Dug from the coldest parts of Sweden.
(The Kora Records, 2011)
Fredrik’s quite an unassuming name for a band – for anyone really. Fredrik the band is actually named after Fredrik (Hultin) the vocalist/multi-instrumentalist. Fortunately, this Swedish trio (a duo until this album) of studio rats who make subdued guitar-tinted lap-pop, are quite a bit less boring than their name. In fact, it took a recommendation from a friend to actually even pay them any attention – look, you’ve got to at least have a catchier name than Fredrik to make me blindly listen to you. I’m just telling you that right now, in case there are any other bands out there who want my stamp of approval on their albums, forever to grace the hallowed pages of The Critical Masses. You gotta do better than that. Fredrik is lucky I have good friends and a soft spot for Scandinavian bands. Otherwise … pbbbbt.
I don’t mean to start this off so negatively – in fact, I really dig Flora, the trio’s third album – but the name annoyed me. I’ll get past it, and so will you. And actually, Flora’s au courant sound integrates quite seamlessly with the contemporary crop of electonic-pop, folk tinged, and even chillwave artists stuffing the blogrolls, matching the delicate sounds of artists as varied as Panda Bear, late-period Sigur Rós, The Notwist, MillionYoung, and Múm. With that list in your head, you can hear the album playing already, can’t you? You’re pretty close. I’d actually compare it to the less rock-y, post-guitar Radiohead moments like “Pulk/Pull Revolving Doors” or “Arpeggi,” perhaps smooshing with Sigur Rós’ “Hoppipola” or even “Gobbledigook.” And Hultin himself has a vocal approach akin to Belle & Sebastian’s Stuart Murdoch, a warm, soft baritone, although more ethereal and less bookish. That sounds pretty good to me – I could spin that for a while.
And it works just like you think it would – the music is very atmospheric, mainly driven by synthesizer, gentle guitar, and a variety of rhythm instruments that morph and change throughout the album. Opener “Ylva” is a short, wordless meditation that had me reaching for the Sigur Rós comparisons right away, as the vocal floats in the upper registers of the singer’s falsetto, darting up and down like angel song against the instrumentation. What’s striking as the album unfolds is the detail to which the band goes as they layer different elements on top of each other to create a subtle density. Regardless of how many instruments are packed into a passage, there’s still a lightness that buoys the songs above any threat of murk or oversaturation. “Vattenfront” and “Rites of Spring” hover beneath a clear starry sky, the former content to run through fields and forests as light glimmers off its chimes, the latter rumbling in rhythmic swells from a distance, as deer, squirrels, rabbits and other woodland life cock their ears in interest and perhaps alarm. “Chrome Cavities” and “The North Greatern,” while rambunctious in their construction and execution, remain subtle – there’s that word again – and perhaps a bit distant, but even so pique curiousity in a way that makes it impossible not to get closer and check out what’s going on.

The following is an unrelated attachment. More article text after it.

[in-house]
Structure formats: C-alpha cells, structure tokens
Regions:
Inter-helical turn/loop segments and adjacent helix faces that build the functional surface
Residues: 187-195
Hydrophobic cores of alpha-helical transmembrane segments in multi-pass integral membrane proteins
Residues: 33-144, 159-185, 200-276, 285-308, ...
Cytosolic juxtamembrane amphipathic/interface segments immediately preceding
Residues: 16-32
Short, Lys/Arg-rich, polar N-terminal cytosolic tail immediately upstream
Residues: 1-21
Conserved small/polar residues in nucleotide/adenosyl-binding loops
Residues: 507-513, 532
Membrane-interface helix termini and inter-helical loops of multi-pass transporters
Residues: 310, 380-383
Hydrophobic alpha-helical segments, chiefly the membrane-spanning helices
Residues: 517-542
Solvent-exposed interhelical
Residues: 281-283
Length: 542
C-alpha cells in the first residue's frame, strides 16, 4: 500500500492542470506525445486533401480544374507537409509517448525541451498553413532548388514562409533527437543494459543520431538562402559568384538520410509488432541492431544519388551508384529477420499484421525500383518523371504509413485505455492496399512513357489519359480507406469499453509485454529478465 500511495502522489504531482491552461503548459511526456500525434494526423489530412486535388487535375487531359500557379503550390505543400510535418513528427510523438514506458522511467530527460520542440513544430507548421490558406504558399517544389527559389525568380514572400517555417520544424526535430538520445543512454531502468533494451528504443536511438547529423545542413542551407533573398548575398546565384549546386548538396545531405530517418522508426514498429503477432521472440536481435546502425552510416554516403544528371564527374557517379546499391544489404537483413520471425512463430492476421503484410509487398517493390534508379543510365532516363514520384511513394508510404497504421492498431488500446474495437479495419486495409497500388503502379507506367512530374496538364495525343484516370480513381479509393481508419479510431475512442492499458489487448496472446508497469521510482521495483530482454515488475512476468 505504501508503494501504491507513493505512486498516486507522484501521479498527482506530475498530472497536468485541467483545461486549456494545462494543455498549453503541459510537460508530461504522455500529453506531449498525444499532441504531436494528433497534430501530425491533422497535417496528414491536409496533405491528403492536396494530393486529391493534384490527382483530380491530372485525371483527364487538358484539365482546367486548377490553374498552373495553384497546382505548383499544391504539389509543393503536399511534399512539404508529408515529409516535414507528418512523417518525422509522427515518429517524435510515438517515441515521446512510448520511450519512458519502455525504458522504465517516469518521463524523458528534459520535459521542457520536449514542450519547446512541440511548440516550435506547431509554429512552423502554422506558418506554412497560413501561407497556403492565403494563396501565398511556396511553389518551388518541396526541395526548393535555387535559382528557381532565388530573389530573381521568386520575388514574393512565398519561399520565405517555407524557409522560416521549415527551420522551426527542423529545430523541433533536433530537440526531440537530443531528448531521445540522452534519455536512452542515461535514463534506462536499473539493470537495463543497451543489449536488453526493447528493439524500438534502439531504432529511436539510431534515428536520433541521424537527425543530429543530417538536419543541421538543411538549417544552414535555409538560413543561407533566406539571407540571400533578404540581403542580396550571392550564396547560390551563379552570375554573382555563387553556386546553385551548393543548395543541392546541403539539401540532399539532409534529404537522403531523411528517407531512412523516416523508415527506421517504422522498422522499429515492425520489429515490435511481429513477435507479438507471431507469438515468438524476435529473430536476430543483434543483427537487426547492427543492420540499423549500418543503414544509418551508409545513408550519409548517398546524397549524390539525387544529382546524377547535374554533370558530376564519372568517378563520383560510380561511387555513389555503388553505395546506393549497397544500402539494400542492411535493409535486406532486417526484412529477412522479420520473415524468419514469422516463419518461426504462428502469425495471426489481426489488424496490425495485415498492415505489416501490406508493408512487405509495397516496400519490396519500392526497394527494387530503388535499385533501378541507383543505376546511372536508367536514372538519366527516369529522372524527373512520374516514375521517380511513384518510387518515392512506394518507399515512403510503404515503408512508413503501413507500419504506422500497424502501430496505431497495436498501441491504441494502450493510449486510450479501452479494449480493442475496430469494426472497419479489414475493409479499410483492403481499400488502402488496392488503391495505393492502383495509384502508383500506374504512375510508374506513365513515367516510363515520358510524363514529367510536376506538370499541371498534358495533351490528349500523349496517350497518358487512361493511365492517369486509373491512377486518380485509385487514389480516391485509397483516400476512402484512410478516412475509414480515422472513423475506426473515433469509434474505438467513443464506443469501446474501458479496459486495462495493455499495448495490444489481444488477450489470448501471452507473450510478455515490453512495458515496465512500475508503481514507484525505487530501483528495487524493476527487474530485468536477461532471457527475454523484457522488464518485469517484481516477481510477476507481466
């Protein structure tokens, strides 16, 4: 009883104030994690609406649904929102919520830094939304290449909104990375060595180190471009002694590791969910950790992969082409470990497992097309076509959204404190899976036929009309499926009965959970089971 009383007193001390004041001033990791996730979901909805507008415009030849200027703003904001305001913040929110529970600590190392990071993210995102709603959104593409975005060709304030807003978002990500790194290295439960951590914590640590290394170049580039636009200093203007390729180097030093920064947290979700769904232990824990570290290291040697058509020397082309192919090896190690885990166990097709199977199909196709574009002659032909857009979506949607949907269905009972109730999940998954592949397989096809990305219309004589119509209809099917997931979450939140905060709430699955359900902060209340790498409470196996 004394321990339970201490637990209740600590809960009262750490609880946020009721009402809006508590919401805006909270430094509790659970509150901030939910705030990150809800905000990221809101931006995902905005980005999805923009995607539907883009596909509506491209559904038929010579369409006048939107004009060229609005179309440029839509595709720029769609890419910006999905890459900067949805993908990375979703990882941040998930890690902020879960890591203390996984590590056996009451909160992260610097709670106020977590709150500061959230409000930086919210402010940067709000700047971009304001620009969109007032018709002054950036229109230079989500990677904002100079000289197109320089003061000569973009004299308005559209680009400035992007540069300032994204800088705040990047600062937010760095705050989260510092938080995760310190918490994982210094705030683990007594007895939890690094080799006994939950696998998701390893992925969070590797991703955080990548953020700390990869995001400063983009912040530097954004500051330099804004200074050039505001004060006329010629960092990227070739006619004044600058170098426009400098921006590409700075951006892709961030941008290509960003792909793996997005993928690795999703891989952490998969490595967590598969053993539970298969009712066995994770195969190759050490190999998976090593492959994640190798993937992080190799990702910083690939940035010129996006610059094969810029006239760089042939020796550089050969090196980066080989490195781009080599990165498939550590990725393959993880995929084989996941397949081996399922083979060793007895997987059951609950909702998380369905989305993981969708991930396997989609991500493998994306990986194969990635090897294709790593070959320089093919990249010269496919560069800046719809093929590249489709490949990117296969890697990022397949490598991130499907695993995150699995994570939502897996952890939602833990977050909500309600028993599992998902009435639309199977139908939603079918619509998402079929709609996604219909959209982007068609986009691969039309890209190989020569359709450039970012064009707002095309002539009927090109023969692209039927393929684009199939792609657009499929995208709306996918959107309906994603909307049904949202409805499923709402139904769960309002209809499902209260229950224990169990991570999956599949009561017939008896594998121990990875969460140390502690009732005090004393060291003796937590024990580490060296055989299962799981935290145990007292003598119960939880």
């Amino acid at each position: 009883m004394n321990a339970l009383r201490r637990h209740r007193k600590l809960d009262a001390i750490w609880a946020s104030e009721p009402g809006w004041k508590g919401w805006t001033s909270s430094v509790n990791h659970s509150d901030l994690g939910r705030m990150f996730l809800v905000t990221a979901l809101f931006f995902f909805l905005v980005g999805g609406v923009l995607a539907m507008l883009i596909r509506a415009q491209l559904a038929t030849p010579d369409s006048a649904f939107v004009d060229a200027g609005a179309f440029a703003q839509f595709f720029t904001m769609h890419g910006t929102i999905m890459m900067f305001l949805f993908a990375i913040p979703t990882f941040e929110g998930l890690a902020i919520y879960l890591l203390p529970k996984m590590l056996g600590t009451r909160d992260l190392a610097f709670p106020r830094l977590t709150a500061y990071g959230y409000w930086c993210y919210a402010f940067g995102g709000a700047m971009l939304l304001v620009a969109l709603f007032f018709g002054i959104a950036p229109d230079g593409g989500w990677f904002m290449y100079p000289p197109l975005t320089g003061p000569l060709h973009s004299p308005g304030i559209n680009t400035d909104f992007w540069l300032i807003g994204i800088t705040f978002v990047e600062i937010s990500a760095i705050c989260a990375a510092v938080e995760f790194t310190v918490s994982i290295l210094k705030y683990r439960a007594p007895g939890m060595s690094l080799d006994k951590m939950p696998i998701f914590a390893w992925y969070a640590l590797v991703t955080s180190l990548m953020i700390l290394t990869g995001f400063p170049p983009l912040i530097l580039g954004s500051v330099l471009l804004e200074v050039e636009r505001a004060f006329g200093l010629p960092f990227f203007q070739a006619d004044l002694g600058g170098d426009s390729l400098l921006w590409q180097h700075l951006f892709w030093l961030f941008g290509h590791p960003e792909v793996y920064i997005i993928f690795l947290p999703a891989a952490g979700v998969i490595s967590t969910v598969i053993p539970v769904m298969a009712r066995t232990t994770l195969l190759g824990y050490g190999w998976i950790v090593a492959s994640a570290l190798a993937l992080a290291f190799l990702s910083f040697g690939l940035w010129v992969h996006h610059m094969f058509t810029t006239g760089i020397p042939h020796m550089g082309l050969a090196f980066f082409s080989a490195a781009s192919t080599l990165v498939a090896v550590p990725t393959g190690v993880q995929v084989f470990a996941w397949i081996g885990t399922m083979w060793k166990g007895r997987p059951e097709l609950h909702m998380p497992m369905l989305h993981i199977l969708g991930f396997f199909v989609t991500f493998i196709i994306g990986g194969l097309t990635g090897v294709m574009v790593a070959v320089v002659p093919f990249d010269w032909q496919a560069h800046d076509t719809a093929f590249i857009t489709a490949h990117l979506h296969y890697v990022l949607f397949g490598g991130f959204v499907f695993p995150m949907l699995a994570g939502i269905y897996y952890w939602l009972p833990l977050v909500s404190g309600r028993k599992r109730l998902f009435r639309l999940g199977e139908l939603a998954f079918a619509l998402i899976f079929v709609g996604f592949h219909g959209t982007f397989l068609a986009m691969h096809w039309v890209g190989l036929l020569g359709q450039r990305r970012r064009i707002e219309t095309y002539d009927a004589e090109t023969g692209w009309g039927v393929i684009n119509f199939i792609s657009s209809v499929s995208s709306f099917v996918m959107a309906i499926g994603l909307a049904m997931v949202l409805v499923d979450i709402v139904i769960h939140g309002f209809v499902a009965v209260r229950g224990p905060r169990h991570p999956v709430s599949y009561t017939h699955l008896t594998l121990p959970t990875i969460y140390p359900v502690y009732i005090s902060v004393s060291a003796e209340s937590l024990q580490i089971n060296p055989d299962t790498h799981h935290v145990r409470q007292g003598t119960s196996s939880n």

While it’s true that forest spirits run free on Flora, Fredrik certainly peek into the human heart as well. Album standout and centerpiece “Inventress of Ill (and Everything)” is the warm and glowing house in the middle of the woods which, until now, seemed devoid of human life. It’s sad, though, as the wistful melody that pulses through it promises pigs flying away and “perfect hurricanes,” symbols of emotional upheaval and loss. But the song is beautiful, conveying a sweetness that serves it well. So too is album-closer “Axis,” a departure a bit from the album itself, somewhat in the tradition of Radiohead closers like “Life in a Glasshouse,” “Street Spirit,” or “The Tourist,” in that it’s a bit slower, but full and filled with longing, a deep meditation on which to leave.
So have I convinced you yet to get over that name? Part of it is the band’s Scandinavian-ness, so awkwardly English terminology can be dismissed as a miscalculation of the language or the potential audience. I’m past it. We should all just hug and hold hands and listen to Flora.
RIYL: Radiohead, Sigur Rós, The Notwist